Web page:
He prac­tised what he preached. He never lost the love of writ­ing him­self. He was a ded­i­cated prac­ti­tioner, who seemed to do it so ef­fort­lessly. It no doubt frus­trated him at times that as edi­tor he couldn’t do as much of it as he would have liked.

He was in­tensely in­ter­ested in what­ever story we were as­signed to. When you came back in from an in­ter­view, he’d ask: What can you re­veal?

And fil­ing that story — al­ways “by dawn” on a given date — felt a lit­tle bit like hand­ing in an exam pa­per. There would be a cou­ple of days of si­lence and then a sheet of pa­per cov­ered with ques­tions and writ­ten in War­wick’s metic­u­lously tidy hand­writ­ing would ap­pear on your desk. Job not yet com­plete.

He would of­ten sit us down be­side him as he did his fi­nal edit on our sto­ries and ex­plain why he was do­ing this or that to our texts. He was pol­ish­ing it for us un­til it shone.

By the late 1980s, Metro was a mas­sive mag­a­zine. The sta­ples could barely hold it to­gether. He would be do­ing that sort of de­tailed work on up to eight fea­ture sto­ries, many of them of 12,000 words or more. I don’t know how he did it. His work ethic was prodi­gious. And he was ef­fi­cient — he didn’t of­ten work late and he and Robyn al­ways had time for a good long hol­i­day ev­ery year. He just put his shoul­der to the wheel and did it.

He and art di­rec­tor Wil­liam Chen cre­ated an in­cred­i­bly high-func­tion­ing ma­chine through which mas­sive mag­a­zines ran smoothly. There was never any panic at dead­line time: some­times you wouldn’t even no­tice we were on dead­line. He was an in­cred­i­ble plan­ner — the mag­a­zine’s con­tent would have been mapped out months in ad­vance, and the plan­ning for many of the jointly writ­ten sto­ries like “Power in Auck­land” and the many state-ofthe-na­tion pieces were scoped with huge pre­ci­sion.

And on the sub­ject of power, let me note that these were the sorts of top­ics that War­wick loved. What made Auck­land tick? Re­ally tick. Not the tick­ing the PR peo­ple wanted you to be­lieve.

And what made Auck­land func­tion? He com­mis­sioned his fair share of sto­ries about roads and sew­er­age. I re­mem­ber Deb­o­rah Hill Cone snorting some­where that the mag­a­zine had be­come like a cross be­tween the New States­man and a drainage en­gi­neer’s news­let­ter. Quite funny re­ally. But to War­wick these things mat­tered. He wanted to know how things worked, what peo­ple did.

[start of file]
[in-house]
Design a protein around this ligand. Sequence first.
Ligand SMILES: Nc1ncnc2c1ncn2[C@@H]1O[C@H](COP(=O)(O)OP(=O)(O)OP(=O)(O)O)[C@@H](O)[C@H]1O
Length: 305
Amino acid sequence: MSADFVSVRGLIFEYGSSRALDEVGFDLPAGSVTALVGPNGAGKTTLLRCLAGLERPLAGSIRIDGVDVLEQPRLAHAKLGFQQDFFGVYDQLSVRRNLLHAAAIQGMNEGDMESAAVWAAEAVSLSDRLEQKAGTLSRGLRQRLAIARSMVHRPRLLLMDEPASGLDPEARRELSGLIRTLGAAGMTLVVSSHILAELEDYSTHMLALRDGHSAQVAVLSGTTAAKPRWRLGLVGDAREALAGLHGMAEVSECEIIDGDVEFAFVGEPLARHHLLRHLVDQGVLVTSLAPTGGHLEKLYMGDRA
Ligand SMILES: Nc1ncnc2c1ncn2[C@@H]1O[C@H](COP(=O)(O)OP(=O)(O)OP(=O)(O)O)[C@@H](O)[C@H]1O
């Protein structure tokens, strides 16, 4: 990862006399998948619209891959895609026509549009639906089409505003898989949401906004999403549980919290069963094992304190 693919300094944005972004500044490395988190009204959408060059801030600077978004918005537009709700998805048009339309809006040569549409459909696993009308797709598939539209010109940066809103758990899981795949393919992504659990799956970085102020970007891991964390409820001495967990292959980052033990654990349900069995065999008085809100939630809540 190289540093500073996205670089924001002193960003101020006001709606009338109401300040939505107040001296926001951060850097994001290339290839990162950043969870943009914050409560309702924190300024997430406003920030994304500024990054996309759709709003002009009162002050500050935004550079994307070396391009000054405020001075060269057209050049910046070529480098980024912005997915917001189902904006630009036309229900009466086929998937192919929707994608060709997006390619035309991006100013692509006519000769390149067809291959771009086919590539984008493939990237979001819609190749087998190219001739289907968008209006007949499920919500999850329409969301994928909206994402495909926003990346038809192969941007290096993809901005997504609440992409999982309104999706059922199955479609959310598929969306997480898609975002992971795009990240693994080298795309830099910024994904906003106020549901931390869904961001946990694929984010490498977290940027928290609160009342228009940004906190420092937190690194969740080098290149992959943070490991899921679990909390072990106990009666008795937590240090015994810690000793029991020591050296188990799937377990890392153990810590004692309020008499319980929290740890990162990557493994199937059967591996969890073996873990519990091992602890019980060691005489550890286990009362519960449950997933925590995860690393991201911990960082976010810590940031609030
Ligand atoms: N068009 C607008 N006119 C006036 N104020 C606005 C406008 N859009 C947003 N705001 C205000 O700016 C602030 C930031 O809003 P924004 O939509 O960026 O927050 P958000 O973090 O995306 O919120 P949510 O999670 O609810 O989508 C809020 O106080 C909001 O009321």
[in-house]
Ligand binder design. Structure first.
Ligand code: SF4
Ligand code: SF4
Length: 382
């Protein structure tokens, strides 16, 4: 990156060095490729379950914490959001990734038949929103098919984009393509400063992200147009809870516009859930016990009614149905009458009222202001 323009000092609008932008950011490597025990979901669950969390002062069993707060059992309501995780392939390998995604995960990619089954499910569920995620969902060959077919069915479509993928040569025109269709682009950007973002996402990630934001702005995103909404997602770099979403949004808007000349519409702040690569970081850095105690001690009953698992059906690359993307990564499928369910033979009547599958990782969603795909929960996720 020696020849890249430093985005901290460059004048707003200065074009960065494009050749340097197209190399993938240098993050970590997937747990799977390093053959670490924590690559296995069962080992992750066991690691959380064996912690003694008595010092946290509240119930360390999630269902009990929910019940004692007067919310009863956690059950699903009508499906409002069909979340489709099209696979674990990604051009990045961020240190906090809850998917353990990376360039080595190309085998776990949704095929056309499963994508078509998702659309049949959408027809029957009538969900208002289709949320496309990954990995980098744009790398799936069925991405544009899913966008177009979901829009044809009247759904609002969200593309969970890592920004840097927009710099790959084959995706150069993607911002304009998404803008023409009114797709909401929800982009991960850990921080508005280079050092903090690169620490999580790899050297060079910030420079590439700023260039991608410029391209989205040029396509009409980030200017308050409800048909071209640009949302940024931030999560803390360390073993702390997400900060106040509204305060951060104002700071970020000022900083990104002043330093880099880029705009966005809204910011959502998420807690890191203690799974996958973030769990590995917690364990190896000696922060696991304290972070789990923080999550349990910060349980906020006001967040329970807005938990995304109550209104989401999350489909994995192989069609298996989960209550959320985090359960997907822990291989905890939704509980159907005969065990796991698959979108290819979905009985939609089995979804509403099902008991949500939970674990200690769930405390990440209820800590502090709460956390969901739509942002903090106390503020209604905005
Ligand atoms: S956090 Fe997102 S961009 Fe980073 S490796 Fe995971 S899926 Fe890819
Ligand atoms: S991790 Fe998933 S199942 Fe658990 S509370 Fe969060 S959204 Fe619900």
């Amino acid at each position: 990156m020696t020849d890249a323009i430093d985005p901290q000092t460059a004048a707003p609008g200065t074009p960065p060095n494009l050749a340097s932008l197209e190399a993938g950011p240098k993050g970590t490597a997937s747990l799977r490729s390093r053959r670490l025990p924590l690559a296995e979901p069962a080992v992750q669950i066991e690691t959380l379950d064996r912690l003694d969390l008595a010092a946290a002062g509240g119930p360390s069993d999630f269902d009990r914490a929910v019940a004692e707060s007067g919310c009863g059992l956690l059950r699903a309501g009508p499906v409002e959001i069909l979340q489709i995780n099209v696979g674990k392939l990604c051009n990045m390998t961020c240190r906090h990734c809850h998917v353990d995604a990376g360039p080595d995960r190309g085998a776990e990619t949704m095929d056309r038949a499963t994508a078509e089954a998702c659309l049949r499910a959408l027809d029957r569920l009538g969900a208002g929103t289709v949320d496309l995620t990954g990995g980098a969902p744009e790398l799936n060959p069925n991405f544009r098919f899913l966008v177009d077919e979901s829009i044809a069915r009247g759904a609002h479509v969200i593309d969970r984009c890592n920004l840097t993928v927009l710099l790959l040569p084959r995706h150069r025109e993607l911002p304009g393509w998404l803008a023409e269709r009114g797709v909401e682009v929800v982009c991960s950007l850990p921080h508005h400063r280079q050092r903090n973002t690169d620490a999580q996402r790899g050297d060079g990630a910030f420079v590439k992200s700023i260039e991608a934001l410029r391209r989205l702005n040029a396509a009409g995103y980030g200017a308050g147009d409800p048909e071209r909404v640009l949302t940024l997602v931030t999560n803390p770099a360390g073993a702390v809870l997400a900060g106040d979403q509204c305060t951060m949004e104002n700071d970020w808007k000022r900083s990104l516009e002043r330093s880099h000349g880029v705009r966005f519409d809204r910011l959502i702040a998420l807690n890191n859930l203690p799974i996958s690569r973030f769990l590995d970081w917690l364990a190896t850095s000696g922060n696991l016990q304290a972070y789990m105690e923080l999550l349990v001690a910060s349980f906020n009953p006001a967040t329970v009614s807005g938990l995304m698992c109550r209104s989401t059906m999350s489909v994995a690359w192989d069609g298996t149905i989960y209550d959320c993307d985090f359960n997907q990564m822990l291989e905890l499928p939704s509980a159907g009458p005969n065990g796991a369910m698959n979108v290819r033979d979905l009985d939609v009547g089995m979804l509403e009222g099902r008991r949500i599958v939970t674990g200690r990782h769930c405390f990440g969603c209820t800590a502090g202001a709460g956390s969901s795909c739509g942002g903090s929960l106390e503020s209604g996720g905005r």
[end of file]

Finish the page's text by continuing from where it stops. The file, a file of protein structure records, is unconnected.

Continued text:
And so we would be sent out for an­other 24 hours with a mid­wife, a youth-aid of­fi­cer, an am­bu­lance driver.

I think his love for and fas­ci­na­tion with Auck­land came from be­ing born right in the heart of it, in Green­lane, go­ing to its old schools, work­ing for one of its ven­er­a­ble pa­pers. The old city was deep in his bones. In many ways it was a dirty old town, with a lot in com­mon with any other port city on the edge of the Pa­cific, a pro­vin­cial place. How Auck­land was re­shap­ing it­self through the 1980s and 1990s, in par­tic­u­lar the grow­ing Maori and Pasi­fika pop­u­la­tion and what that might mean, in­trigued him.

By the 1990s, Metro was writ­ing about poverty and the per­ni­cious link with ill health, ed­u­ca­tional un­der­achieve­ment and alien­ation. “An Un­for­tu­nate Ex­per­i­ment at Na­tional Women’s” is of­ten namechecke­d as the high-wa­ter mark of its in­ves­tiga­tive pow­ers but so, too, were Les­ley Max’s un­flinch­ing sto­ries on the killing of lit­tle Del­celia Wi­tika, which forced the na­tion to con­front the bru­tal truth of child abuse. And Bruce Jes­son’s work on the strug­gles of the work­ing poor fig­ured here, too.